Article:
209. "Long, dangerous missions over enemy territory and inclement weather often necessitate fighter planes returning to their bases with gas in their tanks for little over 3 minutes flying time. Pilots of a 15th AAF squadron decided to form a club to be known as `The Three Minute Egg Club', with membership limited to those unfortunates who landed within the narrow margin." Left to right: 1st Lts. Clarence A. Dart and Wilson D. Eagelson and 2d Lt. William N. Olsbrook. 208-AA-47E-1. ( african_americans_wwii_ )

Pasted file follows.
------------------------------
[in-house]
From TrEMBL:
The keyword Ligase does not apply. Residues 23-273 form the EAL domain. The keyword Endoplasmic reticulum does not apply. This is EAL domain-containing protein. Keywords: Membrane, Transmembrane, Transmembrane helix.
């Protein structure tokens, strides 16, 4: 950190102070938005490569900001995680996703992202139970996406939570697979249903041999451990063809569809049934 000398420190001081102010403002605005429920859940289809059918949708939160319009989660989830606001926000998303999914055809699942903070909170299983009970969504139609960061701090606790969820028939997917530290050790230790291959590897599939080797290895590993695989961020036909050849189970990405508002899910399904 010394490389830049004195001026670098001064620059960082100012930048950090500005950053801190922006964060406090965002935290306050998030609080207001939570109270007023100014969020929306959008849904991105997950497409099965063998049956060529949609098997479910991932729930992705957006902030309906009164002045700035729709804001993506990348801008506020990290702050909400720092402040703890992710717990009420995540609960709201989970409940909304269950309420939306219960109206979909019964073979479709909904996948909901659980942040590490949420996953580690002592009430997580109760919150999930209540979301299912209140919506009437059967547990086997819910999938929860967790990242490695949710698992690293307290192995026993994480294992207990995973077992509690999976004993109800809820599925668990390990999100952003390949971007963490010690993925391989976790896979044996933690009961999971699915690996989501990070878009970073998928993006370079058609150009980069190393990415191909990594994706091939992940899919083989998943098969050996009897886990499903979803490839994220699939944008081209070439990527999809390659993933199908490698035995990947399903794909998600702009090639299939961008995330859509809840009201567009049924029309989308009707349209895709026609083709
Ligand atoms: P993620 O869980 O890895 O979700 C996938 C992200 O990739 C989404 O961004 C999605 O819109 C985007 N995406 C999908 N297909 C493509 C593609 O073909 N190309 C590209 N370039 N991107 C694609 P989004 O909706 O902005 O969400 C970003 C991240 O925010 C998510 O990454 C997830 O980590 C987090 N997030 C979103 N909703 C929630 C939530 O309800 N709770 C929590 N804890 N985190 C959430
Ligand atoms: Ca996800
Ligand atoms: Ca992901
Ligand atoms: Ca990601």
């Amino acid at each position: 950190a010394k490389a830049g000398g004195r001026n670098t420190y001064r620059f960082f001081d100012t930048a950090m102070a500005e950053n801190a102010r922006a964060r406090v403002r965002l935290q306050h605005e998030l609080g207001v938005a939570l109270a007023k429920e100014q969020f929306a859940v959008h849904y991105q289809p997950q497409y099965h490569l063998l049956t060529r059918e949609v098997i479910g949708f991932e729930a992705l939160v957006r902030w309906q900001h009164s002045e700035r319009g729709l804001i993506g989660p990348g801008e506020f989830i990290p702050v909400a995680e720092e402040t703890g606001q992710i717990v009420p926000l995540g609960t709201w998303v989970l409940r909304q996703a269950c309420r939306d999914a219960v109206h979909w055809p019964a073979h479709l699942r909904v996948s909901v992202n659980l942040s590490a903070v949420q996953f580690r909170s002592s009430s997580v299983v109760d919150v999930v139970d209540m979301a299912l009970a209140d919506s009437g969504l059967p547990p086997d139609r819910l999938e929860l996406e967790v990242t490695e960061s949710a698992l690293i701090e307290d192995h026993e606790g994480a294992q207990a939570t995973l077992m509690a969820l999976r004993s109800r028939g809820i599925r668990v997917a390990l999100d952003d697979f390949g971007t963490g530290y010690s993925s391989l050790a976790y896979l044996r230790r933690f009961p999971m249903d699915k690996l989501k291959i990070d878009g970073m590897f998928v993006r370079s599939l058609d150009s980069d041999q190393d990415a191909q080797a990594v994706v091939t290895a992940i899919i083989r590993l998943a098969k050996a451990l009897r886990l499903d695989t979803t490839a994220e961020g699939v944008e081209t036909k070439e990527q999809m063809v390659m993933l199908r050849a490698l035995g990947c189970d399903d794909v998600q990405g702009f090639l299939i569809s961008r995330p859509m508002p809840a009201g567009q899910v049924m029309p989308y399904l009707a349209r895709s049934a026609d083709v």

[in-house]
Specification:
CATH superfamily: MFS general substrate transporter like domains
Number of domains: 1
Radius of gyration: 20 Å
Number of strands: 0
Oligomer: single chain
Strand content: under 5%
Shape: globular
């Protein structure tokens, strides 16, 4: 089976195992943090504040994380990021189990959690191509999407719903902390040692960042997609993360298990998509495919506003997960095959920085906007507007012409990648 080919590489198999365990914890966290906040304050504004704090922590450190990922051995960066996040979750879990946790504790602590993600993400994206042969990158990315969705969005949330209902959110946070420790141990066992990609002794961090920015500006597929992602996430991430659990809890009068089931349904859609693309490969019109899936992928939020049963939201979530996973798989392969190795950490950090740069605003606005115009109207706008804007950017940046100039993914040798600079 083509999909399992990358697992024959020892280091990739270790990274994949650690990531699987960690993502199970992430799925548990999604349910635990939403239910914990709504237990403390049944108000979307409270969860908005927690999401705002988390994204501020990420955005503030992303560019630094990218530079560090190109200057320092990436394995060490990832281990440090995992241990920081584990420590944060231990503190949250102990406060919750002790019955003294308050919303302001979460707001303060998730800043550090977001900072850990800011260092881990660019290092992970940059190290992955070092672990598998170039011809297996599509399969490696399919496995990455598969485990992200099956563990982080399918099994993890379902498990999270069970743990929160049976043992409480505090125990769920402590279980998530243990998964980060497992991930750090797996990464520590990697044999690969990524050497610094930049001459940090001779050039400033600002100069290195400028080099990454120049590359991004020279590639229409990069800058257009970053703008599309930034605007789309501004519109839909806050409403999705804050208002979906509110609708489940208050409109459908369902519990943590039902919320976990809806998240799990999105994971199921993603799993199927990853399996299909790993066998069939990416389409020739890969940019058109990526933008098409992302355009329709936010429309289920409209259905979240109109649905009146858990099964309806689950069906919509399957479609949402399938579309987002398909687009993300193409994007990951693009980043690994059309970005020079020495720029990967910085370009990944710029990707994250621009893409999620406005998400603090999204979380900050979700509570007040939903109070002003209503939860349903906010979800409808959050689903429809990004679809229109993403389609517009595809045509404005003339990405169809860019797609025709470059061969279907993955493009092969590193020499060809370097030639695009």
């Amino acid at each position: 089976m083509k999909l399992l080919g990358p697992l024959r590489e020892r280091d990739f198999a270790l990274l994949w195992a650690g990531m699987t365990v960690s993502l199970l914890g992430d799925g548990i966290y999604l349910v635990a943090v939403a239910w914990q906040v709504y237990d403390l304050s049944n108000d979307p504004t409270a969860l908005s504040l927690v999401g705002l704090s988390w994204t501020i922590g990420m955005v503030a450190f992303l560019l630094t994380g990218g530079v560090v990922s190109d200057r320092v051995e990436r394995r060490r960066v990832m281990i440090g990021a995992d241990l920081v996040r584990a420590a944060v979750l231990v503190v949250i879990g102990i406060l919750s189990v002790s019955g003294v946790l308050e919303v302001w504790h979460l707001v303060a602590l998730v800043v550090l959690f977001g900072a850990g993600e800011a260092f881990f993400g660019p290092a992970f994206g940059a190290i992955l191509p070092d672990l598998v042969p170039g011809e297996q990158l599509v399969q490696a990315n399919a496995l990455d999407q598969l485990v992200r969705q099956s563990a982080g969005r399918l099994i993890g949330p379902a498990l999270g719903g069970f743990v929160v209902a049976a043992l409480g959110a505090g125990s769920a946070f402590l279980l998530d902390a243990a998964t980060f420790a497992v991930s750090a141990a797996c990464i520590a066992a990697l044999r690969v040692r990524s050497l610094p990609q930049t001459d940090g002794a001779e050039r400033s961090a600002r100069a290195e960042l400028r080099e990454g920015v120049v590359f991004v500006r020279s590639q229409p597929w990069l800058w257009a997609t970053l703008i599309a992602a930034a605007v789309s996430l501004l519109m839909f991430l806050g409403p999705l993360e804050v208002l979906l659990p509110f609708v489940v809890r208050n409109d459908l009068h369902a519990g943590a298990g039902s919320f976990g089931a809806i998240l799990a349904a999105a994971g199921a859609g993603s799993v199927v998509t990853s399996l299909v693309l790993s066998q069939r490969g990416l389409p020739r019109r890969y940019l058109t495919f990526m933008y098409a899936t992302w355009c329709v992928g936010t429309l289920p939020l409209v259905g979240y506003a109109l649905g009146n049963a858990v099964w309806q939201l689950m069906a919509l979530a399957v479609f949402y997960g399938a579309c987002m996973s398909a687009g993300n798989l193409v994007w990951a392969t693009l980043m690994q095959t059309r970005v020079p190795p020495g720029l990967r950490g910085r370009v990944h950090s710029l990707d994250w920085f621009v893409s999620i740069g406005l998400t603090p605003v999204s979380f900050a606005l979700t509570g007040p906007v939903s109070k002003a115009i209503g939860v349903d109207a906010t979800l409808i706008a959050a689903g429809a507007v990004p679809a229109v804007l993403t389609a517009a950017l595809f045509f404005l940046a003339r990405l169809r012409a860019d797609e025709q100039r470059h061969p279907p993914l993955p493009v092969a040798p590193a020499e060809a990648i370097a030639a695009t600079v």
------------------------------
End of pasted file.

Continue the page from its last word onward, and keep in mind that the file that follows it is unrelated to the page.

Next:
Learning about the mask’s role within late nineteenth century Songye communities as an agent of social moderation – marking life events and safeguarding secret knowledge – furthered my fascination. Kifwebe epitomize the scholarly challenges associated with African objects arriving in European and American collections during the first decades of the twentieth century. Elucidating the complex epistemologies from which these objects emerged, given the extremely partial and biased historical record resulting from colonialism, drives the field of African art history. The mask’s personal significance contributed to my choice to inscribe it permanently on my person. It was included in the Metropolitan Museum of Art’s exhibition African Art, New York, and the Avant-Garde on which I assisted as a graduate curatorial intern, and belongs to the Museum of Archaeology and Anthropology at the University of Pennsylvania, where I am completing my PhD. Both of these institutions and the individuals that comprise them have shaped not only my approach to and understanding of art history, but also life more generally, in innumerable positive ways.